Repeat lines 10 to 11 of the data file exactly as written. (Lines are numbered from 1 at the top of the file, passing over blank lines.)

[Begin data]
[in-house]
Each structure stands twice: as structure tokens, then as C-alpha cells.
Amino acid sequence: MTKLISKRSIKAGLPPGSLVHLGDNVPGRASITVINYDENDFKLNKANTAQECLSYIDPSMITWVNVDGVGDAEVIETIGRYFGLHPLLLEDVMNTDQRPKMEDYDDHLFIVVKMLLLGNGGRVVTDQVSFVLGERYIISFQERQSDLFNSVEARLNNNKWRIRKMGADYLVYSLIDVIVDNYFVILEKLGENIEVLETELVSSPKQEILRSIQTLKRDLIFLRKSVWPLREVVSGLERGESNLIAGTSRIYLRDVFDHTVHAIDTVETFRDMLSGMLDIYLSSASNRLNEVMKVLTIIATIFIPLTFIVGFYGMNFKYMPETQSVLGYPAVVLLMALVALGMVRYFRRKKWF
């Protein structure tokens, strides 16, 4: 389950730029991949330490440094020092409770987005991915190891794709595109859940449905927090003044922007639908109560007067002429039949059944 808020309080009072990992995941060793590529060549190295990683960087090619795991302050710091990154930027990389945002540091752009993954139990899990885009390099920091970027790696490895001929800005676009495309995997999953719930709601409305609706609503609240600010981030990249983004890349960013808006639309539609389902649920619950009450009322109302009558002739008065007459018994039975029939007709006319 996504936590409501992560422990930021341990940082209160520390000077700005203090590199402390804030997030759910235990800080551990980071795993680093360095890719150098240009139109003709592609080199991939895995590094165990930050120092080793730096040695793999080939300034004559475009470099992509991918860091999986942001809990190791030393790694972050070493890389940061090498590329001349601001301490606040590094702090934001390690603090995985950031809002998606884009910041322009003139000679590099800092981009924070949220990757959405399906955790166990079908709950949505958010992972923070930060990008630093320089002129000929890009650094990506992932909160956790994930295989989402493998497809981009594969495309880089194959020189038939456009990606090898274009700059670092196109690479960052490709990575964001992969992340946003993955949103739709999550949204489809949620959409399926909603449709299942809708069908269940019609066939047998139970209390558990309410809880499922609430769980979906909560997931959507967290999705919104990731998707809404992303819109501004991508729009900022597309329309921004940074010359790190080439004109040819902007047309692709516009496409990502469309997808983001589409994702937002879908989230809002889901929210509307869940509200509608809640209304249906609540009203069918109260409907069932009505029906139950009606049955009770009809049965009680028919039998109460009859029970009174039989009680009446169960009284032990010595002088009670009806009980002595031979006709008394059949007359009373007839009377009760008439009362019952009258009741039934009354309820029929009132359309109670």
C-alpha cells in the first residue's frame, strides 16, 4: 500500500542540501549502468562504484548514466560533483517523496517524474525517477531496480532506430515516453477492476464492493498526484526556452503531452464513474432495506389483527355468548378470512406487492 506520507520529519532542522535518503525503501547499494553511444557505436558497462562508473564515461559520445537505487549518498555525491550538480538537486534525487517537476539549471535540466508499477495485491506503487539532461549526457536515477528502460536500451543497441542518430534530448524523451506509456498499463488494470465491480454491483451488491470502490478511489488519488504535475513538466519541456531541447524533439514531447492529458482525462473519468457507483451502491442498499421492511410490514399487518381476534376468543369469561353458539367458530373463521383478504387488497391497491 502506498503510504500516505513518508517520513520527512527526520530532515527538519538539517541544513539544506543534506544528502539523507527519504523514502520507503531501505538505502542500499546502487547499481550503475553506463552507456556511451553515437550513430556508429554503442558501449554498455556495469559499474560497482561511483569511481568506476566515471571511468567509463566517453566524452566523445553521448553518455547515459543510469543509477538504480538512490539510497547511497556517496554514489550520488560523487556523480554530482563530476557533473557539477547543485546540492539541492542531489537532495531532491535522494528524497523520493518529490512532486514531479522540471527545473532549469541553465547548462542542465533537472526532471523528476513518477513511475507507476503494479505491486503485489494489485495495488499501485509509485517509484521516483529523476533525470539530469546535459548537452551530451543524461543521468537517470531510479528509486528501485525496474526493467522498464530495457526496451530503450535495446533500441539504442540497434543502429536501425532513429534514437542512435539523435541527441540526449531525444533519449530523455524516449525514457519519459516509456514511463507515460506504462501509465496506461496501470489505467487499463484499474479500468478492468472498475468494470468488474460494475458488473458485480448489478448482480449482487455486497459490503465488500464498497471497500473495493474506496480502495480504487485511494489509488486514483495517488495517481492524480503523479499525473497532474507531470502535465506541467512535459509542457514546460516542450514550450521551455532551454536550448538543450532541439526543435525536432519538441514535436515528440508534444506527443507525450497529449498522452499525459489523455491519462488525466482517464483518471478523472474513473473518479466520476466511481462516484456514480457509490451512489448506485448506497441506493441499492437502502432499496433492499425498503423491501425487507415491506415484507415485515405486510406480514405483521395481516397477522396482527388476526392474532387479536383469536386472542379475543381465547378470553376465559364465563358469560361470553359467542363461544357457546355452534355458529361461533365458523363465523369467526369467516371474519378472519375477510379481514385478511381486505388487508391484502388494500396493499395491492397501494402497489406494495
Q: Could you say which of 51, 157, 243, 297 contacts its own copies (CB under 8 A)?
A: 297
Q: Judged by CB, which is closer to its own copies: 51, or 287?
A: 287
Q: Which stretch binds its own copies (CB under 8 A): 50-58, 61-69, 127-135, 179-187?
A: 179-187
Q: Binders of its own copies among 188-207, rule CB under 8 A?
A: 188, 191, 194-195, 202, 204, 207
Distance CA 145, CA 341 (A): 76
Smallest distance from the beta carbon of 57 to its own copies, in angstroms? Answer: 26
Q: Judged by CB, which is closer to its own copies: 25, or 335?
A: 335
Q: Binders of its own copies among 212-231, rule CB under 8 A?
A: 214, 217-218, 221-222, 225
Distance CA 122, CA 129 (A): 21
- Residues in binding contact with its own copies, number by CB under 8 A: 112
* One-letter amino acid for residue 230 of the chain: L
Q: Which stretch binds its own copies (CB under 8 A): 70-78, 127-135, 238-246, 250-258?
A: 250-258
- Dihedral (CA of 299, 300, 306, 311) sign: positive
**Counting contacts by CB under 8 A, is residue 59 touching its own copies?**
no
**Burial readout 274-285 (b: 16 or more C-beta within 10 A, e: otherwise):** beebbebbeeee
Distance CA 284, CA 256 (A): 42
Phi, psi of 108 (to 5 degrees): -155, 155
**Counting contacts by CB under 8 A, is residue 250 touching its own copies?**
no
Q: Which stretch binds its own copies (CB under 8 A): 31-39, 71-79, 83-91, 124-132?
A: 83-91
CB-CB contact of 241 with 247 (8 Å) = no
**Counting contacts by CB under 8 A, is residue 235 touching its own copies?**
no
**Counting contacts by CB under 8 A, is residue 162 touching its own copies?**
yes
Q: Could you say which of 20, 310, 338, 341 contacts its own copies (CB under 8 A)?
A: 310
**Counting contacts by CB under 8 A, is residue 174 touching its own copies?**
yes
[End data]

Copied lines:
Q: Which stretch binds its own copies (CB under 8 A): 50-58, 61-69, 127-135, 179-187?
A: 179-187